I don't think Objective C was in use from the beginning of Apple hardware development. What languages did app developers use for the earlier Apple computers, such as Apple II or Mac Classic?
In 1985 Larry Tesler developed a Pascal flavour for Apple, Object Pascal, that became the standard language for System 6. It was based on Clascal, a 1983 Pascal variant for the Lisa, also developed at Apple.
Object Pascal was used in MacApp, Apple's primary application framework at the time. MacApp 3.0, released in 1991, was re-written in C++ and Apple subsequently dropped support for Object Pascal in favour of C++ when they moved from Motorola's 68K chips to PowerPC.
Borland's Object Pascal, that today lives on as Embarcadero Delphi, started out in 1986 as a set of extensions to Turbo Pascal, that were intended to be similar to Apple's Object Pascal. Niklaus Wirth, Pascal's originator, was consulted by both Apple and Borland for their respective variants.
Conversely, Objective C was NeXTSTEP's main language and was introduced at Apple only after they purchased NeXT in 1996.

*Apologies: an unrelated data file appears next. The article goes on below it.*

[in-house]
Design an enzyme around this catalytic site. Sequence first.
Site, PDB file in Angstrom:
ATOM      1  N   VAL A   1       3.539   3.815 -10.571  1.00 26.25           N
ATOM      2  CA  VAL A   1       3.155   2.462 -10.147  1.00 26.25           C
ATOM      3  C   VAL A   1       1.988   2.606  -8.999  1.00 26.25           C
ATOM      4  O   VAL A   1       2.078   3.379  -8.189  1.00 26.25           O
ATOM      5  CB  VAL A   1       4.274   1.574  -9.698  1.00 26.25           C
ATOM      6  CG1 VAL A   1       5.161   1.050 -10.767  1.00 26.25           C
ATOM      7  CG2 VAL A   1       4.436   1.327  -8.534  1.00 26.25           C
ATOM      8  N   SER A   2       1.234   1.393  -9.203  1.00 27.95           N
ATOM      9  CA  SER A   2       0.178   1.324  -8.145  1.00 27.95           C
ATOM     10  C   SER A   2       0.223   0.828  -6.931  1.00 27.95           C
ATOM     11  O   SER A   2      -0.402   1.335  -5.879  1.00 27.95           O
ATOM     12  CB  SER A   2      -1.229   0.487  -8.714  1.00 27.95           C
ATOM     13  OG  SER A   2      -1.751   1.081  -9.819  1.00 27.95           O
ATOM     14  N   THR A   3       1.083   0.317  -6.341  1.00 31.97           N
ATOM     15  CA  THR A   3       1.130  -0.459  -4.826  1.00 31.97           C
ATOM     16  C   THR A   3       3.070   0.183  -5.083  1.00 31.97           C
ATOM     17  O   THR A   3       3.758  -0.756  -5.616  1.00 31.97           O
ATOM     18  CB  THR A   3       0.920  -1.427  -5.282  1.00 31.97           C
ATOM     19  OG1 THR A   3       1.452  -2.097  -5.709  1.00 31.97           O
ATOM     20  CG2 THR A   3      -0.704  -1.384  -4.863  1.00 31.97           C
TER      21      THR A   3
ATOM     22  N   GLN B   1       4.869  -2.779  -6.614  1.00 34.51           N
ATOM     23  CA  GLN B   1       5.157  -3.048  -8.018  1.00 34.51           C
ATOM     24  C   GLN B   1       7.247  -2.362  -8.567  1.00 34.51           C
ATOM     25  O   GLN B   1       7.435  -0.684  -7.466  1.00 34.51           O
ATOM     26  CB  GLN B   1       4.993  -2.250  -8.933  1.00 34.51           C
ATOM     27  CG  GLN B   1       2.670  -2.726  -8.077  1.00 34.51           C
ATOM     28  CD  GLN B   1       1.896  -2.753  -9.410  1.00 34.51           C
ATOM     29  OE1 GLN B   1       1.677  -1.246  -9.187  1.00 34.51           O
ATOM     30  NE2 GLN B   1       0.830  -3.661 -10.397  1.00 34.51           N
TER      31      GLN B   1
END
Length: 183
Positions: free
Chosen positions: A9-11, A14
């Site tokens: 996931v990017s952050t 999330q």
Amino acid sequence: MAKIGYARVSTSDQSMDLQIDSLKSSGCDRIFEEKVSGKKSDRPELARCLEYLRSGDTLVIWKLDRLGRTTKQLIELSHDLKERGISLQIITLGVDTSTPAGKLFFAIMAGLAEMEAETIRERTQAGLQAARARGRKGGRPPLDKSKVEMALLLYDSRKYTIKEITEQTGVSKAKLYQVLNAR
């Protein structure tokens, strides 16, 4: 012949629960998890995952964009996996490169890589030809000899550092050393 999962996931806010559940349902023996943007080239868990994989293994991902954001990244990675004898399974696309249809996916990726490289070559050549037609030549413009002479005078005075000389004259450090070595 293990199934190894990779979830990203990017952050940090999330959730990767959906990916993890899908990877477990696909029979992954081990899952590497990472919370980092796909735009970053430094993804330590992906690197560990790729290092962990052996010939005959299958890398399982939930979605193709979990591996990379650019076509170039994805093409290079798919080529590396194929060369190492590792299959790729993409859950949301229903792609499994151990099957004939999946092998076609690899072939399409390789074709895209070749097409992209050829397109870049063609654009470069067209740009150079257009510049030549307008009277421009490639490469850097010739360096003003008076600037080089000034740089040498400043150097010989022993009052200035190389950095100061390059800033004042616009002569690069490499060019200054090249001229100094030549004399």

The Apple ][ was generally programmed in either BASIC or 6502 machine code.
The Lisa was generally programmed in Pascal.
Early Macintosh apps were written in Pascal, first on the Lisa and later on the Mac itself.
Think Pascal was the most popular development environment for a time and then Think C. Think C had lightweight objects, sometimes referred to as C+-, and later C++. It also had its own class library called, appropriately enough, the Think Class Library.
MPW from Apple was also popular since it allowed you to mix languages (generally Pascal, C, C++, and assembler) and script builds similar to a unix environment, though the syntax was very different.
MacApp was written in Object Pascal, and as someone said, later moved to C++. With the move to PowerPC systems, many programmers switched to Metrowerks CodeWarrior as a development environment and its C++ class library, PowerPlant.
Objective-C was used at NeXT and then for Mac OS X, although Mac OS X applications could also be written in C/C++ via Apple's "Carbon" API. These days most Mac and iOS apps are written in Cocoa/Obj-C, although many have C or C++ libraries underneath.
The standard language of Mac OS Classic was Pascal. The OS's API documentation was all written for Pascal, and as much of the OS as was not written in hand-optimized ASM was written in Pascal.
After transitioning to the PowerPC architecture, they rewrote the OS in C++, accompanied by a very noticeable decrease in system stability, which will not be surprising to anyone familiar with Pascal and C++. API documentation continued to be written primarily for Pascal, though, until Steve Jobs came back and started trying to force Objective-C down everyone's throats.